C Programming Tips (2022)

Ángel Ortega

This is a compilation of the C language programming tips I posted on the Fediverse during 2022:

The elvis operator


If you program in C, you've probably used what is called the ternary operator a million times in expressions like this:

value = user_value ? user_value : default_value;

Where you test user_value and, if it's non-zero, you store it in value; otherwise, you set value to default_value.

What you may not know is that, thanks to a gcc (and others) extension, you can abridge that expression to this:

value = user_value ?: default_value;

This ?: thing is colloquially named the 'Elvis' operator (if you don't see why, just look at it with you head slightly slanted to the left).


Linker optimization


TIL that there is something named linker optimization that forces the deletion of unused functions in your final executable. As a bonus, you get the list of unused functions as compiler warnings (dead code is always bad, so you get the change to delete them or comment them out).

If you have a standard build system, do the following:

make CFLAGS="-ffunction-sections -fdata-sections" LDFLAGS="-Wl,--gc-sections -Wl,--print-gc-sections"

Concatenated PPM images as a video stream


TIL that most video processing tools accept as a valid input stream a set of concatenated PPM [1] files, so you can generate video from your own programs easily. You just have to pipe your program's output to the appropriate tools (indicating the FPS) like

./fancy-prg | mpv --no-correct-pts --fps=$FPS -


./fancy-prg | ffmpeg -i - -r $FPS video.mp4

Full paths in shared libraries' soname


TIL that you can have a full-path soname in a dynamic library, so that binaries linked to it can find it even if it's in a non-standard place:

gcc -shared -o libcrazy.so -Wl,-soname,/an/esoteric/place/to/store/libcrazy.so crazy.c
gcc -o main -L. -lcrazy main.c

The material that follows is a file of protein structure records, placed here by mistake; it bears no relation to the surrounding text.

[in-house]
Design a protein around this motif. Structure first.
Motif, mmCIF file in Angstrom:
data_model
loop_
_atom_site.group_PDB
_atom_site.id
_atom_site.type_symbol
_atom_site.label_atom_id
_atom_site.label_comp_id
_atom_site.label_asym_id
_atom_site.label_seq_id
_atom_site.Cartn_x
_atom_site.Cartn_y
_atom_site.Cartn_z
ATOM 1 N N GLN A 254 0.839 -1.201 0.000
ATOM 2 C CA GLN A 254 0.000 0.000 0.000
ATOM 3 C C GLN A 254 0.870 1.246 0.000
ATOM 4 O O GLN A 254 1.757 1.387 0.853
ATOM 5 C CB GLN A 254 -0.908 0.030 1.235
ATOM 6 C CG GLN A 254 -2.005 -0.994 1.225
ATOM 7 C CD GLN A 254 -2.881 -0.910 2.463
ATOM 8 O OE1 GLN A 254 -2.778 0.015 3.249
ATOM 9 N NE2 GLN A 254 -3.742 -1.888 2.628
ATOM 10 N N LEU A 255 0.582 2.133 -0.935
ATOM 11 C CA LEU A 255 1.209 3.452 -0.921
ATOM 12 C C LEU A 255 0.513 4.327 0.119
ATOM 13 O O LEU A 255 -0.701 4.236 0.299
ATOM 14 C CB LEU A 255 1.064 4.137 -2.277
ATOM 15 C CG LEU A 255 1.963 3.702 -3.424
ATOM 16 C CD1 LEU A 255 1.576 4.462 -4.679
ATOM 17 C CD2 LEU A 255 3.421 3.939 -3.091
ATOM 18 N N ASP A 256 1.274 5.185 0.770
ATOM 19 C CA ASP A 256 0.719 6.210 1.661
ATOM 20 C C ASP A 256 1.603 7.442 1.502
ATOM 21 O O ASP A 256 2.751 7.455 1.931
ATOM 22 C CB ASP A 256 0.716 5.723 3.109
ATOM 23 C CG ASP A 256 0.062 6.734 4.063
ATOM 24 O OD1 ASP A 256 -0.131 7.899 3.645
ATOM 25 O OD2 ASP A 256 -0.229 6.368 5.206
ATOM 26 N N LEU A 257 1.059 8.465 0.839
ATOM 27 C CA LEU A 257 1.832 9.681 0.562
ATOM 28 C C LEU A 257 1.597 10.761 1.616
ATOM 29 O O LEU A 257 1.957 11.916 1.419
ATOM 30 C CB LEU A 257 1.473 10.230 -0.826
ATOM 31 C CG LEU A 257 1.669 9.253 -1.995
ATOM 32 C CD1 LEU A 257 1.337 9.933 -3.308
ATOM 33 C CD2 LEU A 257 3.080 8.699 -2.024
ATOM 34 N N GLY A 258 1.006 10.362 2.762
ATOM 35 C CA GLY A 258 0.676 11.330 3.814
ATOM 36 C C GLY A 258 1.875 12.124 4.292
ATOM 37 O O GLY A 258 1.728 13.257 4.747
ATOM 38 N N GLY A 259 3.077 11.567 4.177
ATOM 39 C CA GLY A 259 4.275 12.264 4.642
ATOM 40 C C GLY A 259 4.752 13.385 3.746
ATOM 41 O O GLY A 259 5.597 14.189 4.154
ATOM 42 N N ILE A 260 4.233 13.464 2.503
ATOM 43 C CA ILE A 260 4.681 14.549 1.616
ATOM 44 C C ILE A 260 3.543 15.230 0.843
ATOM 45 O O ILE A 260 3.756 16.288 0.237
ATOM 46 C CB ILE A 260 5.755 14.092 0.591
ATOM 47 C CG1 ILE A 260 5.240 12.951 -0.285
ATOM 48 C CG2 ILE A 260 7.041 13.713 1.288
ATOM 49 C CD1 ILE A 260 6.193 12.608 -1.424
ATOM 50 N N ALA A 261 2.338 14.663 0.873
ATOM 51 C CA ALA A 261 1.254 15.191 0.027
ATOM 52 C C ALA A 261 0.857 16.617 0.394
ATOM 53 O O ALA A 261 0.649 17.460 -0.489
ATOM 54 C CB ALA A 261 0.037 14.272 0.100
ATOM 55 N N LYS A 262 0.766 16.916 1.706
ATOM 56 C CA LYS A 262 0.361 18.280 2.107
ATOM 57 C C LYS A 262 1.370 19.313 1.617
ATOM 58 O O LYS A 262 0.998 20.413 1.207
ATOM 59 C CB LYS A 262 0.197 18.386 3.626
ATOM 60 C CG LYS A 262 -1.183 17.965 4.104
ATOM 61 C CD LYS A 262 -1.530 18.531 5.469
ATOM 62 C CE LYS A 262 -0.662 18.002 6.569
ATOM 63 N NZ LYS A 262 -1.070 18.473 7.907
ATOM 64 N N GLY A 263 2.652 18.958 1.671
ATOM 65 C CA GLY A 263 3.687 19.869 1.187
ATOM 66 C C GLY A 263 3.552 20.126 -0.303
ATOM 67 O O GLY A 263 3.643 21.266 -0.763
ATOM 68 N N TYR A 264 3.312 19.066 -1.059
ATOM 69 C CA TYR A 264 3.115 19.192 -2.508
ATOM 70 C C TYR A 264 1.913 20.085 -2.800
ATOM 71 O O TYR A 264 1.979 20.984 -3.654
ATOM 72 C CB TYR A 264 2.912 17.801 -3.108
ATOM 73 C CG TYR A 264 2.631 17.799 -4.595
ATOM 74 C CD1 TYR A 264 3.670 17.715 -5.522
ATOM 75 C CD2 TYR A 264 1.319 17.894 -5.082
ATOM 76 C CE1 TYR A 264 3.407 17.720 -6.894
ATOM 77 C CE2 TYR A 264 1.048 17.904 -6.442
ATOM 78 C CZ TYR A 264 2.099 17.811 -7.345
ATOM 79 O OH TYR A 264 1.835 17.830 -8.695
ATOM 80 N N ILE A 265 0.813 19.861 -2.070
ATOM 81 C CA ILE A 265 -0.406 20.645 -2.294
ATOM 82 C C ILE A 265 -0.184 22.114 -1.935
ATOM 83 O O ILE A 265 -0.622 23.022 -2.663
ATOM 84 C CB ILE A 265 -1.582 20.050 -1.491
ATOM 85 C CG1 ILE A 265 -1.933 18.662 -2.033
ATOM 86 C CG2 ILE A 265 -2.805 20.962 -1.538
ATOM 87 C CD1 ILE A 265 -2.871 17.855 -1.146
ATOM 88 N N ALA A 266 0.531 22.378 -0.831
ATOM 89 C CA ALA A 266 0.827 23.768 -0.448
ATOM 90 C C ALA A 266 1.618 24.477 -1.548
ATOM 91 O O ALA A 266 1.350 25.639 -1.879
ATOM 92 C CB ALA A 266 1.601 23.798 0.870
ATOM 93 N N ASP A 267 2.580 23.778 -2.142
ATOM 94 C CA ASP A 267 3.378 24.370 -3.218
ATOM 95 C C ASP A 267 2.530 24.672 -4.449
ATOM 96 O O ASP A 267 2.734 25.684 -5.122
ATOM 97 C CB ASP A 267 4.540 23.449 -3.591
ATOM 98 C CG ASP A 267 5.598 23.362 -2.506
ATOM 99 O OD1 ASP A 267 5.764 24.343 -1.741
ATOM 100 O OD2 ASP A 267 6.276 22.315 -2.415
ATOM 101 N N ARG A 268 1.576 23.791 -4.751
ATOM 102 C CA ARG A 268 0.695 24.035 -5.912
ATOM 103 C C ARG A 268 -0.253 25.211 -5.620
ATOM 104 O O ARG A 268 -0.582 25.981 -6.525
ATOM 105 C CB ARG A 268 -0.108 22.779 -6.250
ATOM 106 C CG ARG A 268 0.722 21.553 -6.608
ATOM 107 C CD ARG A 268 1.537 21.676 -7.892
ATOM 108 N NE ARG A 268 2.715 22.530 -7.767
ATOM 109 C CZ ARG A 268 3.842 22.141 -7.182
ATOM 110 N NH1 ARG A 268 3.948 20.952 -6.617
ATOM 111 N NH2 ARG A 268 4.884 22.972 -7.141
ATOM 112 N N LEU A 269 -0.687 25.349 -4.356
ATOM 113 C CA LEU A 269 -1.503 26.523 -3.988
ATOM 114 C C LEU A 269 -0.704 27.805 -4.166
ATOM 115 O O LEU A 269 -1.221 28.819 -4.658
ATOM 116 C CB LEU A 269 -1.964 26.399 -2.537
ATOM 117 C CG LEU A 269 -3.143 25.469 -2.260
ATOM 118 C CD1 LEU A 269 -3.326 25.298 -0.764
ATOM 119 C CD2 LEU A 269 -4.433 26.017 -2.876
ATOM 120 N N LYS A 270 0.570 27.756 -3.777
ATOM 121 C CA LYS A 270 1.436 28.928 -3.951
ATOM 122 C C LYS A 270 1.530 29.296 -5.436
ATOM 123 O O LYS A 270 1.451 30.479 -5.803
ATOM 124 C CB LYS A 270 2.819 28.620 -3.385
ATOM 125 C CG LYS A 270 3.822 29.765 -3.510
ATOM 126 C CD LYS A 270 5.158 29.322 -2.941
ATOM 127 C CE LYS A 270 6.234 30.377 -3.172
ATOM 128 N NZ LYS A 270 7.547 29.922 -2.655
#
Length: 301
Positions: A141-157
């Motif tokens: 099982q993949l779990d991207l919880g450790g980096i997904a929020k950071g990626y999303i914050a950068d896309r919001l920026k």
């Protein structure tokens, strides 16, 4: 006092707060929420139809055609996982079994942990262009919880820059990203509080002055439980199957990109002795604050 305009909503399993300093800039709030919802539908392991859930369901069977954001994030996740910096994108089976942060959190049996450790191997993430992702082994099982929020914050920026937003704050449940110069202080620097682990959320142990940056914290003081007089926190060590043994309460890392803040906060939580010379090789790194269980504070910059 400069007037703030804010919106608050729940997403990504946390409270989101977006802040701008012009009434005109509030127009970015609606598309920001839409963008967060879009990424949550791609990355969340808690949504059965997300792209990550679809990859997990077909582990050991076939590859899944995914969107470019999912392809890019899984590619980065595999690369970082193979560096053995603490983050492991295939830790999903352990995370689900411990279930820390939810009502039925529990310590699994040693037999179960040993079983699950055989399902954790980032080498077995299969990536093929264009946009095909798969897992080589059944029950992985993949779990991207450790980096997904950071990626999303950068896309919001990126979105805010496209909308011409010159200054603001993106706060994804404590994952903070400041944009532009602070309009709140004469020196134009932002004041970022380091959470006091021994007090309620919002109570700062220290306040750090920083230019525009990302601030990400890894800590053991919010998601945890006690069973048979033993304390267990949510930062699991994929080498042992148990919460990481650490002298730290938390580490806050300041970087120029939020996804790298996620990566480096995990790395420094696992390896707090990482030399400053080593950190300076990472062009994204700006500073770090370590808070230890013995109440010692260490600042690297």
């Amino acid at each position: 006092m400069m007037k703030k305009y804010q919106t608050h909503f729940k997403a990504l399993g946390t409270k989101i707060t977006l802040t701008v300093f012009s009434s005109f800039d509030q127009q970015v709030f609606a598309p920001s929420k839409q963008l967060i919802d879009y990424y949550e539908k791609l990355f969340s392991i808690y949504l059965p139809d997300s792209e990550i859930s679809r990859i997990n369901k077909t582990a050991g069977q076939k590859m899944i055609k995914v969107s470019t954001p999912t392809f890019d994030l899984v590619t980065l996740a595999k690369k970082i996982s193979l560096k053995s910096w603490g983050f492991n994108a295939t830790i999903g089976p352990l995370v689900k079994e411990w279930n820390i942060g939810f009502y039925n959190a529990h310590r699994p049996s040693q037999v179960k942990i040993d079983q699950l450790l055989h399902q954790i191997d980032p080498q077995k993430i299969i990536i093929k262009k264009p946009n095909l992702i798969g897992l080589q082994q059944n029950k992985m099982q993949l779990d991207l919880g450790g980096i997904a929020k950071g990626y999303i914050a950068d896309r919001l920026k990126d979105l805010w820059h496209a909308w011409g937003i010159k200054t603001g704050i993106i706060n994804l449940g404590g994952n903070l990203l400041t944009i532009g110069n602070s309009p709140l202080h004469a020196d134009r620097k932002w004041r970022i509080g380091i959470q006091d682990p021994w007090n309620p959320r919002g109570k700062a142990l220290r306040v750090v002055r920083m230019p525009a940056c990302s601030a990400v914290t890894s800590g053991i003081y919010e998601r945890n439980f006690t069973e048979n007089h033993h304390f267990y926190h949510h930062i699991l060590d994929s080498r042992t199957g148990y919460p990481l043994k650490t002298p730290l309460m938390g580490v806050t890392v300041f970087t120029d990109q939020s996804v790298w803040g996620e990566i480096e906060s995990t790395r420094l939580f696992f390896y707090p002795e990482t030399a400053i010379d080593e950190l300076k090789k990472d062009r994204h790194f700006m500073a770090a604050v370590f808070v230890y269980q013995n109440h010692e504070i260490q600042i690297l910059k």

This way, you don't need kludges regarding the use of LD_LIBRARY_PATH nor anything else.

Executing hand-crafted machine code


If you want to create an executable program in memory and execute it without going through the filesystem, this is how you do it (Linux only):

int fd = memfd_create("foo", MFD_CLOEXEC);
// write your image to fd however you want
fexecve(fd, argv, envp);

Finding memory leaks


If you develop in C, you'll probably end up using memory leak detection tools like valgrind, libleak or the scan-build tool from the LLVM compiler. There is a less known tool inside the GCC compiler itself: the -fsanitize=address.

If you use a standard make setup, you can recompile your project doing

make CFLAGS="-fsanitize=address -fno-omit-frame-pointer"

After exiting your program, a summary of memory leak errors (including the line of the source code were it happened) will be printed out.

Poor man's profiler


Poor man's profiler, or profiling a running program with a cheap combination of gdb, awk and scripting:

Sampling tools like oprofile or dtrace's profile provider don't really provide methods to see what [multithreaded] programs are blocking on - only where they spend CPU time. Though there exist advanced techniques (such as systemtap and dtrace call level probes), it is overkill to build upon that [...]

[...] one needs to improvise, like.. use debuggers - they can walk threads and provide stacks.


Fast character case conversion


Fast character case conversion (or how to really compress sparse arrays):

Converting strings and characters between lower and upper cases is a very common need.

In particular, case conversion is often used to implement case-insensitive comparision, an operation that is often present on the program's fast paths as a part of data container lookups and content manipulation.

So it is usually desirable to make case conversions as fast as possible.

In this post we are going to look at one of the options - very fast case conversion using compressed lookup tables and also at some options for compressing these even further.


gdb surprises


TIL by accident that you can type make from inside gdb and does what you think it does.

Modern C for C++ Peeps


I find the article interesting not only for C++ "peeps", but for us greybeard C programmers as well, who learnt the language in the eighties. Remarkable sections in the document are: